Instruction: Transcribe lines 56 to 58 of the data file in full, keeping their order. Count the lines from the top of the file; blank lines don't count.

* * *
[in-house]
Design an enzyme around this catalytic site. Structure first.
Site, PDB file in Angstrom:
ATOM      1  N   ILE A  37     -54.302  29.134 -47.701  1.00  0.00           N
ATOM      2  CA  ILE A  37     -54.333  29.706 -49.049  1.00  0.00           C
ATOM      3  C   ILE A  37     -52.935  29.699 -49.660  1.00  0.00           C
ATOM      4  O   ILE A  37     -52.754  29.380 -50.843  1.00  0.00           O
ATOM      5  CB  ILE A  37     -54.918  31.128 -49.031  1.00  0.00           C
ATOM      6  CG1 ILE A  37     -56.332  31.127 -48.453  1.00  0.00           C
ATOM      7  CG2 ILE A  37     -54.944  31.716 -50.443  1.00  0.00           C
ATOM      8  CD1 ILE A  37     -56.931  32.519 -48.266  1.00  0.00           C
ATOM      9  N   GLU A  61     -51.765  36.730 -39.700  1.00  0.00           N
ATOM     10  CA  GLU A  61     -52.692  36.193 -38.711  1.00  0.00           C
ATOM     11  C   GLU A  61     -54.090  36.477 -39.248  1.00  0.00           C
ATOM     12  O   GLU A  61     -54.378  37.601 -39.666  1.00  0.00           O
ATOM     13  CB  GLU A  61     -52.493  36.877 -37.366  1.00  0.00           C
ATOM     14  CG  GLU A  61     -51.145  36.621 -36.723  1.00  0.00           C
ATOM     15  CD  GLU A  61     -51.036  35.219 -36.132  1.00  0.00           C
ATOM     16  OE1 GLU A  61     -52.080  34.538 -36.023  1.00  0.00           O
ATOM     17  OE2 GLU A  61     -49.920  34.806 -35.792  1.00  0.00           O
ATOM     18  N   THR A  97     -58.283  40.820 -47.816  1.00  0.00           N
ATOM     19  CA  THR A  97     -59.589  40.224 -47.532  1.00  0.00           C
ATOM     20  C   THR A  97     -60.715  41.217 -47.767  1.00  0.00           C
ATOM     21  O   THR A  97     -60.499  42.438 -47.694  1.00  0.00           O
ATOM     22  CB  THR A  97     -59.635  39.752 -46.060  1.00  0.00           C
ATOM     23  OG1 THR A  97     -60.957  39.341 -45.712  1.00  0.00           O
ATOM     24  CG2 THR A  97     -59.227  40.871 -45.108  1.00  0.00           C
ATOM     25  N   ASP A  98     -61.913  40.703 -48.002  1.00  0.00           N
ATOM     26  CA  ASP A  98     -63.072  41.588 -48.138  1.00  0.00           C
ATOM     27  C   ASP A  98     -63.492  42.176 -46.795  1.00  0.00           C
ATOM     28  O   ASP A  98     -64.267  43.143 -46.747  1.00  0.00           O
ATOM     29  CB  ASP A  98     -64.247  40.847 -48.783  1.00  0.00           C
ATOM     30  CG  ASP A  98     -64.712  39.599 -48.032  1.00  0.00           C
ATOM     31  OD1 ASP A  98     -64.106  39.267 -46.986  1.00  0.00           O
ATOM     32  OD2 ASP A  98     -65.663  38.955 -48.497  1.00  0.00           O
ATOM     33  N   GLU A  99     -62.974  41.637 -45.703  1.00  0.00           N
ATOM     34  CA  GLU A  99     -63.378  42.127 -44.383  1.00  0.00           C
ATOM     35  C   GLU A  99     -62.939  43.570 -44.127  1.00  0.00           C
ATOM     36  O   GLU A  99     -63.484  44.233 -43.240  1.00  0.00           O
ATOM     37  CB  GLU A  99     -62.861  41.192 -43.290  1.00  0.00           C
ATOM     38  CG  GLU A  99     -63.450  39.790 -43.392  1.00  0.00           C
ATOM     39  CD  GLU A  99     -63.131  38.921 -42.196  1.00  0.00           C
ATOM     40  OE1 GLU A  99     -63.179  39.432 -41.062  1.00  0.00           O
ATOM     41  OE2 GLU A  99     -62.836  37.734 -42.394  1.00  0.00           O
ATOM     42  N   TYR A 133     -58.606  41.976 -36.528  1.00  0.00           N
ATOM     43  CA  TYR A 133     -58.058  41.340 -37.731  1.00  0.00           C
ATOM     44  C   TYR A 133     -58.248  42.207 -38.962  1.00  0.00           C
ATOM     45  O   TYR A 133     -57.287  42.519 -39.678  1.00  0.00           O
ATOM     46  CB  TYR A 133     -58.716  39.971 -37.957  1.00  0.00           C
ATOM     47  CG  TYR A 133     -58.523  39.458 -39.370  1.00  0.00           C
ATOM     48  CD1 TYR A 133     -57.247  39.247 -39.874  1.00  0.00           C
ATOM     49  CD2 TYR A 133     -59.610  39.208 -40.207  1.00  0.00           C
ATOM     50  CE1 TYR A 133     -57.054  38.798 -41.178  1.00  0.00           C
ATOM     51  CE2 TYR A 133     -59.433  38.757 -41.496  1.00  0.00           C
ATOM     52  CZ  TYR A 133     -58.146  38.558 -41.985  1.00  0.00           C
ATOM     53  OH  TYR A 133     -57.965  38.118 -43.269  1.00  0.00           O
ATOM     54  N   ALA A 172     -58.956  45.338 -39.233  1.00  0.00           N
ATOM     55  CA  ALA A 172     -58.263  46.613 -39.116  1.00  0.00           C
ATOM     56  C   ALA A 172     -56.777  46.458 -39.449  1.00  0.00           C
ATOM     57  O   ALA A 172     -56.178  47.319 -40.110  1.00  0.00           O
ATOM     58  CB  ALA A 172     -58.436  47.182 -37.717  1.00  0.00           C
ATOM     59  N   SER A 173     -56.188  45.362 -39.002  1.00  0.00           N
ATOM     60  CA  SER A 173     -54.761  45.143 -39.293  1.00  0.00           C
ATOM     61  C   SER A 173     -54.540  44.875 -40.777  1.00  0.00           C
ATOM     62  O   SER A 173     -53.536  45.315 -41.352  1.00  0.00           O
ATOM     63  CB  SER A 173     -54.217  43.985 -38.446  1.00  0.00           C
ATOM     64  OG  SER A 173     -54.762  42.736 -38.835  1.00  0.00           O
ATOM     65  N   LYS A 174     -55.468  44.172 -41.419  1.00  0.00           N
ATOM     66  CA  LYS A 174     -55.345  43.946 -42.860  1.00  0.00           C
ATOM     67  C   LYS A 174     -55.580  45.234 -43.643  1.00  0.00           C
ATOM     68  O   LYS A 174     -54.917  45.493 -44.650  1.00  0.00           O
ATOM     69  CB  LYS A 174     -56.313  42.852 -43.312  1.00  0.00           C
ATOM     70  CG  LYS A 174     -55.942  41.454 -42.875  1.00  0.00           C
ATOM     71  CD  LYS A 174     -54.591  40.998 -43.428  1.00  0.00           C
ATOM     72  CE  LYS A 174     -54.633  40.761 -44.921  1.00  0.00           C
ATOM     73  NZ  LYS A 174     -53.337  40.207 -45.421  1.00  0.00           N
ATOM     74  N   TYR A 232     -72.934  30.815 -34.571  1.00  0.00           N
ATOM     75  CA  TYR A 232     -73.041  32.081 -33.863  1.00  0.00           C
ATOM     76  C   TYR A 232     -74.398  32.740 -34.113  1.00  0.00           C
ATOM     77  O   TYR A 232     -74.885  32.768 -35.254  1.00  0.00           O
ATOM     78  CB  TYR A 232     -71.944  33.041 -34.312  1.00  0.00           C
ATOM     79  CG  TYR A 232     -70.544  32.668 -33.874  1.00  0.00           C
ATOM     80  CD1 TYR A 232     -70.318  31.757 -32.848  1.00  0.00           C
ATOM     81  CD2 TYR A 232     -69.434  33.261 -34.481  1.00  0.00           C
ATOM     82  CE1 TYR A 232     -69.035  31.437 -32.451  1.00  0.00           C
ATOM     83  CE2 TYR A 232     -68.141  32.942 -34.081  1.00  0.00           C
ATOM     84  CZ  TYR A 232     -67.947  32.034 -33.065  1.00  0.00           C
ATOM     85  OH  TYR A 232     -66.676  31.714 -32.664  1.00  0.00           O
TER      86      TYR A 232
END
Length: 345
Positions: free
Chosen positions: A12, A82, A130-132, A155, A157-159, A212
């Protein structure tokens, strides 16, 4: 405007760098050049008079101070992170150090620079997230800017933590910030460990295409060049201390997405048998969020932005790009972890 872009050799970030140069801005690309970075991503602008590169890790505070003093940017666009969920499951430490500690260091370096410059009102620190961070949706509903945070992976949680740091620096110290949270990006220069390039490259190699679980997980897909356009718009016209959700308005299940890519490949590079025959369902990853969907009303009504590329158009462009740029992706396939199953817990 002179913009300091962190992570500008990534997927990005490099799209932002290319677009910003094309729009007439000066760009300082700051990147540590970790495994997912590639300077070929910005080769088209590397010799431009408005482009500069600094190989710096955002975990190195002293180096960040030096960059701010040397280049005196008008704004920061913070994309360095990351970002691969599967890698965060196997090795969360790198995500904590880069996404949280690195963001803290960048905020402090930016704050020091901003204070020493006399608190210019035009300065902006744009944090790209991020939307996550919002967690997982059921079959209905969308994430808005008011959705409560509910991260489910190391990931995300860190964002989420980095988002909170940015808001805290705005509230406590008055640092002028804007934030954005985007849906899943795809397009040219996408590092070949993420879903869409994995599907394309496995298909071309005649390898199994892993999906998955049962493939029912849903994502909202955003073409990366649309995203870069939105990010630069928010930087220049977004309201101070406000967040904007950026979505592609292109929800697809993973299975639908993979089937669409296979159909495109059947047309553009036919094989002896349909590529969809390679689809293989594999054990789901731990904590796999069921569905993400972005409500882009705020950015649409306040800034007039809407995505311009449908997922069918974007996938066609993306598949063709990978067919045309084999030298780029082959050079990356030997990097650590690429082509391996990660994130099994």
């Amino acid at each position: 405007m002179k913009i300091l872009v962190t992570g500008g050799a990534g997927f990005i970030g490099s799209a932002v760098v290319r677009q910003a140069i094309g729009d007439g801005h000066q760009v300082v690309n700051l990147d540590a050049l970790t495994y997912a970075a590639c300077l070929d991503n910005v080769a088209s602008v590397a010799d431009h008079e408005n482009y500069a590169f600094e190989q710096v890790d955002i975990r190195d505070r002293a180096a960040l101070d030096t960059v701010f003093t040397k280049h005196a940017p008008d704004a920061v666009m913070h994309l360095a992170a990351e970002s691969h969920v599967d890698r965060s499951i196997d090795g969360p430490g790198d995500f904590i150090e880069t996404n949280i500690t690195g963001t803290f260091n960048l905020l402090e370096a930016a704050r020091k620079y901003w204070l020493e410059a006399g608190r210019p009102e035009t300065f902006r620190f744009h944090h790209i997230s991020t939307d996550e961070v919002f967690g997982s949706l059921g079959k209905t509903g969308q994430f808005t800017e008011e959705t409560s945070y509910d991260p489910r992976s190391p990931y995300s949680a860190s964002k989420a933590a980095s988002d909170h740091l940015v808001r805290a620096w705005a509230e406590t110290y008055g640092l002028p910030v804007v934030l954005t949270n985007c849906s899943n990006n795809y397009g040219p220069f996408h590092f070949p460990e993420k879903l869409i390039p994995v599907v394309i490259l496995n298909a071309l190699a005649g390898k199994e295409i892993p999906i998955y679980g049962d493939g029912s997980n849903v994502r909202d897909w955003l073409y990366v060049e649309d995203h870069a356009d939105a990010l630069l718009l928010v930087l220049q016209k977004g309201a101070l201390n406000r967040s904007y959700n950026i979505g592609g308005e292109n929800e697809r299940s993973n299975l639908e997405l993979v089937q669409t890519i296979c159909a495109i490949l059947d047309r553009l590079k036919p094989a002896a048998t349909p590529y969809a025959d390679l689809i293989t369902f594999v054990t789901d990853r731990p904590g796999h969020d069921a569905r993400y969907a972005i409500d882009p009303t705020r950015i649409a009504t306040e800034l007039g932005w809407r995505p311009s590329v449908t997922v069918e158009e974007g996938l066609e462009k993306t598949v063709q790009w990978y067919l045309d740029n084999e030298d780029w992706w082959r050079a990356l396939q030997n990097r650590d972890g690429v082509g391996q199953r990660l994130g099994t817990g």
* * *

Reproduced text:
ATOM     53  OH  TYR A 133     -57.965  38.118 -43.269  1.00  0.00           O
ATOM     54  N   ALA A 172     -58.956  45.338 -39.233  1.00  0.00           N
ATOM     55  CA  ALA A 172     -58.263  46.613 -39.116  1.00  0.00           C